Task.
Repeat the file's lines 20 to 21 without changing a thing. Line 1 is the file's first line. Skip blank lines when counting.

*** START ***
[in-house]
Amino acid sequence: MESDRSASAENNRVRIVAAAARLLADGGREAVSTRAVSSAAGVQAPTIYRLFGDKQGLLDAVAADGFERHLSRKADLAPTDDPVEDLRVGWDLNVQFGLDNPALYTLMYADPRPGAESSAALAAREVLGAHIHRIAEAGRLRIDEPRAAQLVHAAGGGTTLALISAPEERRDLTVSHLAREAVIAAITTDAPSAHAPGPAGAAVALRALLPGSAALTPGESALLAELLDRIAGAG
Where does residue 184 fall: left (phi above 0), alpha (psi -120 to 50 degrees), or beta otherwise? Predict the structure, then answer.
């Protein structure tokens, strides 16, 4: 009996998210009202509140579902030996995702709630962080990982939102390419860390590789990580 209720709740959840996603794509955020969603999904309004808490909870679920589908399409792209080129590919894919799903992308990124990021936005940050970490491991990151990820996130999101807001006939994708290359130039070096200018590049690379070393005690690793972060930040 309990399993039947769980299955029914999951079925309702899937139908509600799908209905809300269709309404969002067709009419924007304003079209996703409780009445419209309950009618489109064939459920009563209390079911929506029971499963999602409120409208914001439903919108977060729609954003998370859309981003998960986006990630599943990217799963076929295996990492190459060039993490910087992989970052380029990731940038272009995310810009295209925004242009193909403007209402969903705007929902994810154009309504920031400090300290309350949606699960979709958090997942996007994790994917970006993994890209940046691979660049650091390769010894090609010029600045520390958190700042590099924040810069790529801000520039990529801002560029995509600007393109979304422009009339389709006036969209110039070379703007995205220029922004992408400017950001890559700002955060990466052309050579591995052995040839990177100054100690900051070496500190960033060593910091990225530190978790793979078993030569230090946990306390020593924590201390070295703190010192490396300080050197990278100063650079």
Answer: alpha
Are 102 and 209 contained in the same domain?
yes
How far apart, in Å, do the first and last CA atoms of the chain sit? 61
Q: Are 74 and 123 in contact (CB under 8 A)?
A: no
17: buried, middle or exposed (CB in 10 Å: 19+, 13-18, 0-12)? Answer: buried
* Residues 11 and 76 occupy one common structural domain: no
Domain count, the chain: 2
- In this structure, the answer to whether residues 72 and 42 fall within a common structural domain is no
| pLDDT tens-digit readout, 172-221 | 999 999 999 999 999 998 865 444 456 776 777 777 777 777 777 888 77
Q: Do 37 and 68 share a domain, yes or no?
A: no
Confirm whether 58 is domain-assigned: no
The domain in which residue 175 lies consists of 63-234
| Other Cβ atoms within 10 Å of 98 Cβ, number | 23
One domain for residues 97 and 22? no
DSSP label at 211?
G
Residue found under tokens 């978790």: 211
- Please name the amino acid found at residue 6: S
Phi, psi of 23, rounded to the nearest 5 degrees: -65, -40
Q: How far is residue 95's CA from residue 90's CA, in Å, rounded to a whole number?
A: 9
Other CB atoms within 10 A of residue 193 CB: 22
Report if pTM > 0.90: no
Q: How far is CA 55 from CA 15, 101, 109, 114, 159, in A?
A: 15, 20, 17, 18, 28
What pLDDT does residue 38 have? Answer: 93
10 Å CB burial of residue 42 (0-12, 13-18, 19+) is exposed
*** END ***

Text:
| Other Cβ atoms within 10 Å of 98 Cβ, number | 23
One domain for residues 97 and 22? no